The mother? Undocumented.

The father? Deported.

The children? One citizen, two Dreamers.

Against the backdrop of shifting border immigration policy, the Arvizus, a mixed-status family in El Paso, Texas, navigate love, work, and the desire for a better life.


©KatrinaSorrentino_MIXEDSTATUS_12.31-9237.jpg

The Arvizus live on the border between El Paso, Texas and Juárez, Mexico. They are one of more than three million mixed-status families in the United States, households in which at least one family member resides in the US legally while others are undocumented. Margarita and Mandis Arvizu came to the US illegally in 1997 from Juárez, at a time when the city had one of the highest homicide rates in the world. Now, over 20 years later, their family reckons daily with the effects of US immigration policy.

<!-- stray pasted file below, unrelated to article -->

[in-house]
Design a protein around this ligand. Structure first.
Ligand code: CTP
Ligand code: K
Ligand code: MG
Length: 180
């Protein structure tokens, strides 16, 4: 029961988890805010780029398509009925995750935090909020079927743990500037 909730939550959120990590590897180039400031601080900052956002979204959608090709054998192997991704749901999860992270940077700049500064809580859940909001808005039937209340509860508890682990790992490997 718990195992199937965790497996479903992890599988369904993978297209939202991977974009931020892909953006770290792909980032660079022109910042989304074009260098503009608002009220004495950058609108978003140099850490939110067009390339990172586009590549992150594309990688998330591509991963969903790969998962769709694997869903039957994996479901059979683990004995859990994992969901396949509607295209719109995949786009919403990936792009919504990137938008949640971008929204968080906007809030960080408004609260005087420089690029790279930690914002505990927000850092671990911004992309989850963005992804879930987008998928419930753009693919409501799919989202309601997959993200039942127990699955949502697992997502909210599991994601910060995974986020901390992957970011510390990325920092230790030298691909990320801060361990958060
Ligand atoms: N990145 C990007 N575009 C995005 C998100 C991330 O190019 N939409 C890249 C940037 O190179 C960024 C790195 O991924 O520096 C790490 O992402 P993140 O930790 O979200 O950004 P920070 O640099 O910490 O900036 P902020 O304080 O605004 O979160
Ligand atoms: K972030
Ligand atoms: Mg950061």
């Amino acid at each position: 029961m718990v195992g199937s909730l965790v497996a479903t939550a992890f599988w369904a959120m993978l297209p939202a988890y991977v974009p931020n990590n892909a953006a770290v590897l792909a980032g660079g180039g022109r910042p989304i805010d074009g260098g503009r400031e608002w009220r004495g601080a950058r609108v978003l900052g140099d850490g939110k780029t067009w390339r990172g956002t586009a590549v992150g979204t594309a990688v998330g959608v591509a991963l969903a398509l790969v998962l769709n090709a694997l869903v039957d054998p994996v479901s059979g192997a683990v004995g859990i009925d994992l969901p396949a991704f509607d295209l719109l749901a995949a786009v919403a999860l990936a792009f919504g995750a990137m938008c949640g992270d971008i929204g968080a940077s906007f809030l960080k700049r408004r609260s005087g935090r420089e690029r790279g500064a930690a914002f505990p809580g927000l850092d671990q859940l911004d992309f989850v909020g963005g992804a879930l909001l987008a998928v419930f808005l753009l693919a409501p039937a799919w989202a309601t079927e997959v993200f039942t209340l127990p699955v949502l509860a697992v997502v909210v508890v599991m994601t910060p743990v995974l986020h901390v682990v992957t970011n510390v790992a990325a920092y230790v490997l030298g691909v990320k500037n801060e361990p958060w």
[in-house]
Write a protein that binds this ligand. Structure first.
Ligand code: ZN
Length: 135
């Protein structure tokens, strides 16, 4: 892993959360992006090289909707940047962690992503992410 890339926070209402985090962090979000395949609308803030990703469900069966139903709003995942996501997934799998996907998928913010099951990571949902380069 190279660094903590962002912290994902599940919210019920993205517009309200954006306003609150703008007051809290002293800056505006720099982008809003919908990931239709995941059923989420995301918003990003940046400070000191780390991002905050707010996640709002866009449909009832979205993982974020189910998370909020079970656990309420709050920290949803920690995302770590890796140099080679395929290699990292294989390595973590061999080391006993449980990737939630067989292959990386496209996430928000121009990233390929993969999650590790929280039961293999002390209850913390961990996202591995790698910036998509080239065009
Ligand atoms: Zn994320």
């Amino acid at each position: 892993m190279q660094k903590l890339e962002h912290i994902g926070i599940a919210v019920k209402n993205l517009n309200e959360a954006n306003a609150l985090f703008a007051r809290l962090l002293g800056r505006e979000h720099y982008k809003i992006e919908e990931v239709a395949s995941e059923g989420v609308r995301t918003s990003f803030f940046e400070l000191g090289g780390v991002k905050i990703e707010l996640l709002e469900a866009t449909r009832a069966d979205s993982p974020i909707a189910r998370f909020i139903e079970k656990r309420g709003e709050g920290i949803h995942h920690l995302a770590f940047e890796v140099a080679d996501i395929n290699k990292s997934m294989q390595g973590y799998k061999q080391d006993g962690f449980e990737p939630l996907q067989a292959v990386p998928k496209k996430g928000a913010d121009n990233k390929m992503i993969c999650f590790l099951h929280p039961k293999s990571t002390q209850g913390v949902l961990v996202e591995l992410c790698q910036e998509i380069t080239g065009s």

Mandis was deported back to Mexico in 2012. Margarita, undocumented, lives in the shadows, struggling to support her family as a single mother. The two eldest Arvizu children, Daisy and Armando, were both brought to the US before the age of two and have protected status through Deferred Action for Childhood Arrivals (DACA), a program that currently stands in limbo. The youngest, Adaiah, is a natural-born US citizen who would be separated from his mother and siblings if they were deported.

Created by an all-female team of documentary filmmakers, Mixed Status will follow the Arvizus as they come of age, come together, and come apart during the Trump administration. As policy changes play out on a national scale, we will see them navigate the tenuous day-to-day realities of living on the border as a mixed-status family.